French Bulldogs No Longer ‘Typical Dogs’ Due To Health Issues, Scientists Say

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People are being discouraged from buying French Bulldogs after new research found they were at a much higher risk of developing health issues including narrowed nostrils and obstructive airway syndrome.

According to a study of over 2,000 French Bulldogs at the Royal Veterinary College (RVC), brachycephalic breeds unfortunately can no longer be considered “typical dogs” from a medical perspective, due to years of over-breeding.

While owners have previously been warned to ‘stop and think’ before purchasing flat-faced breeds, this new study underscores the need to evolve French Bulldogs to more ordinary characteristics to reduce the risk of disorders respiratory.

As part of the study, scientists analyzed the medical histories of 2,781 French bulldogs and 21,850 dogs of other breeds, comparing the rates of diagnoses of 43 specific disorders between bulldogs and other breeds. Unfortunately, but not surprisingly, French Bulldogs were at higher risk for conditions such as obstructive airway syndrome, discharge from the ears, skin fold dermatitis, difficulty giving birth, and difficulty breathing.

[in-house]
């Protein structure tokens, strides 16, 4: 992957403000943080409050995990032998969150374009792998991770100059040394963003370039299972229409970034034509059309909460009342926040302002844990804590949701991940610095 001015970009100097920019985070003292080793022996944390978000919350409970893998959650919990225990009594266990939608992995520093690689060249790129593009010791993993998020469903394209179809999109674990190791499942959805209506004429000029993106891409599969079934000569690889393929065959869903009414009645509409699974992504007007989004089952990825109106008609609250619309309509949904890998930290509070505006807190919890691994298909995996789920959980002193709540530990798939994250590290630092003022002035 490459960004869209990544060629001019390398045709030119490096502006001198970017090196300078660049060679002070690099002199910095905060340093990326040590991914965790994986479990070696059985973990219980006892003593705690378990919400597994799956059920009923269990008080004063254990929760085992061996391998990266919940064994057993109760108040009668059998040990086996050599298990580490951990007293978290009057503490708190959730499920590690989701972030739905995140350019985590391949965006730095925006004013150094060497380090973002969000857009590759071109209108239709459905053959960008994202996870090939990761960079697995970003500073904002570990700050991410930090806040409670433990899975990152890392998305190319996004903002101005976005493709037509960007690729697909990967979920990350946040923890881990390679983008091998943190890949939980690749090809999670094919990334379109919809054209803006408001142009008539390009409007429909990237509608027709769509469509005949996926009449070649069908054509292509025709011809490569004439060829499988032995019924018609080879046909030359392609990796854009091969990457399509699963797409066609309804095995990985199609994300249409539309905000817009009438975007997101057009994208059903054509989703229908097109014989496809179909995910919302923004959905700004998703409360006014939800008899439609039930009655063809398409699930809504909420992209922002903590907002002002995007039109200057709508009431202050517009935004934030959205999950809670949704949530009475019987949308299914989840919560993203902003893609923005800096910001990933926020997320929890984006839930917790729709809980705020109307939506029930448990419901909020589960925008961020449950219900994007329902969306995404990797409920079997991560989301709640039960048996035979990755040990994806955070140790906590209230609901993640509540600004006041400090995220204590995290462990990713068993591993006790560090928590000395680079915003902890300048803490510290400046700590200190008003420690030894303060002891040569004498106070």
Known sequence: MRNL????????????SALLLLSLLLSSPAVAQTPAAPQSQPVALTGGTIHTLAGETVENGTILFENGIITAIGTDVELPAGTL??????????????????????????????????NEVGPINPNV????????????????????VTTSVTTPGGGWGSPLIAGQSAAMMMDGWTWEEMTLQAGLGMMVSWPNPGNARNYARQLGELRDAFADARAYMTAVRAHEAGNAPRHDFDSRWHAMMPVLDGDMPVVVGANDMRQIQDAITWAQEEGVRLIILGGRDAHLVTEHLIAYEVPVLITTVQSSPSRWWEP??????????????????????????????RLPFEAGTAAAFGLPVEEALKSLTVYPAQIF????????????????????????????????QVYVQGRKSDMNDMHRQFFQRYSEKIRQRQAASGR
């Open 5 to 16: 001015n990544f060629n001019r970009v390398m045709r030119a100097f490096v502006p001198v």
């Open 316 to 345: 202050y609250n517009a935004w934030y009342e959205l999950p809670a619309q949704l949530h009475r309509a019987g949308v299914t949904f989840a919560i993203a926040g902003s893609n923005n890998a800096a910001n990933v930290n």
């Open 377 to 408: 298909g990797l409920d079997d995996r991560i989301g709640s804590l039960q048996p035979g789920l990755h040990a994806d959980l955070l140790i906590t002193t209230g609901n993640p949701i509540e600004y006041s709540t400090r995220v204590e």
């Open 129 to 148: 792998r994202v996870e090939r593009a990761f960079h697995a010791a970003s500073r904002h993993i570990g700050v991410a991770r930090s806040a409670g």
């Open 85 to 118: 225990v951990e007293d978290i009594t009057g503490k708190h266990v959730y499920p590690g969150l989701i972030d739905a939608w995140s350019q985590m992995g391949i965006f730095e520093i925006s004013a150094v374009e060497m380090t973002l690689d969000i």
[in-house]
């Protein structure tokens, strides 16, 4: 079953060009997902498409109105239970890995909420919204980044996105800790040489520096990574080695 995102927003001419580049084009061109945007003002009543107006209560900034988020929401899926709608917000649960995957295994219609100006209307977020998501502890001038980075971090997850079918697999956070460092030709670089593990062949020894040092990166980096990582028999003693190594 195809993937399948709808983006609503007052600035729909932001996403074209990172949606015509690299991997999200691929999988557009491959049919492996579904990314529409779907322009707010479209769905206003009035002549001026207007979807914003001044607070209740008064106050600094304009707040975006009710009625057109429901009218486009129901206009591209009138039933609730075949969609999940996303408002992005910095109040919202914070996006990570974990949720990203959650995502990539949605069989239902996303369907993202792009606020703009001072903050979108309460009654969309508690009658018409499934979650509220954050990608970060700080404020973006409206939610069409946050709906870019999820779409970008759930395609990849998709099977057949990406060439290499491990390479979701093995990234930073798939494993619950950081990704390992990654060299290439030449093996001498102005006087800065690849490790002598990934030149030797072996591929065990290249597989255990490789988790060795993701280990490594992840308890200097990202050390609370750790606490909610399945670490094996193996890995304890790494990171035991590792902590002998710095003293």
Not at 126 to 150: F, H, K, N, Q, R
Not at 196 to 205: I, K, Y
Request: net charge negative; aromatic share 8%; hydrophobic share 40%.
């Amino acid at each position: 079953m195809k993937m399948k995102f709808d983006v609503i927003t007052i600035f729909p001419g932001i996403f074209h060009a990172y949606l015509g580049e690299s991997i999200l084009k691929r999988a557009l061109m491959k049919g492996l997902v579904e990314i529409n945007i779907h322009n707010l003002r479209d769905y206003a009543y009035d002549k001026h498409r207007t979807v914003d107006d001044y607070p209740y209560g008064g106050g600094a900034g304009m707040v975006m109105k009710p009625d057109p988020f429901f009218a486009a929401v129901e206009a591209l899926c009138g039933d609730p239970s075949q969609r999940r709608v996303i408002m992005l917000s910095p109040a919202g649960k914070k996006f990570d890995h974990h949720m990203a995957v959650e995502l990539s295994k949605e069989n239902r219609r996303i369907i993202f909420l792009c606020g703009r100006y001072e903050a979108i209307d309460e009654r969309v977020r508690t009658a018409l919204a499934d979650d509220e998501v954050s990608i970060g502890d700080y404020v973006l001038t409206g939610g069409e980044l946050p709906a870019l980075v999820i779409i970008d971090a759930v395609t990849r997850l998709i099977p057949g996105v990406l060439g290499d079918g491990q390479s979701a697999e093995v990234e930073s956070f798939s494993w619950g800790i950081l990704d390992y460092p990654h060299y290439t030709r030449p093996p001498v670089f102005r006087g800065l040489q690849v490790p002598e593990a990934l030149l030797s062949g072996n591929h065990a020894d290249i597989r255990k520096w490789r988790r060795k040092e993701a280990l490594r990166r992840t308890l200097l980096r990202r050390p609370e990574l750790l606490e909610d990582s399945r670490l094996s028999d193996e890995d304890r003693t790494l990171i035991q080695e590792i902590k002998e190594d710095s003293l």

portrait of a cute brindle french bulldog standing in a park during the day

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“There is no doubt that many humans love the feeling of owning their special French Bulldog. But sadly, this study helps us understand the full extent of the serious health issues affecting these dogs,” said Dr. Dan O’ Neill, lecturer in companionship. animal epidemiology at the Royal Veterinary College, told Mail online.

“Achieving meaningful changes in the typical appearance of French Bulldogs over time requires buy-in from breeders and kennel clubs who publish breeding standards. But the greatest responsibility lies with owners who ultimately account, may require dogs with more moderate characteristics.”

Despite the shocking health issues brought to light, the study found that French bulldogs were less likely to develop lameness, obesity and unwanted behaviors.

Bill Lambert of the Kennel Club adds: “We, alongside vets, social welfare organizations and breed clubs, continue to work collaboratively to educate the general public, many of whom simply seem unaware of the potential issues. of health and well-being that some of these dogs face.”

You can find the full study in the journal Canine Medicine and Genetics.

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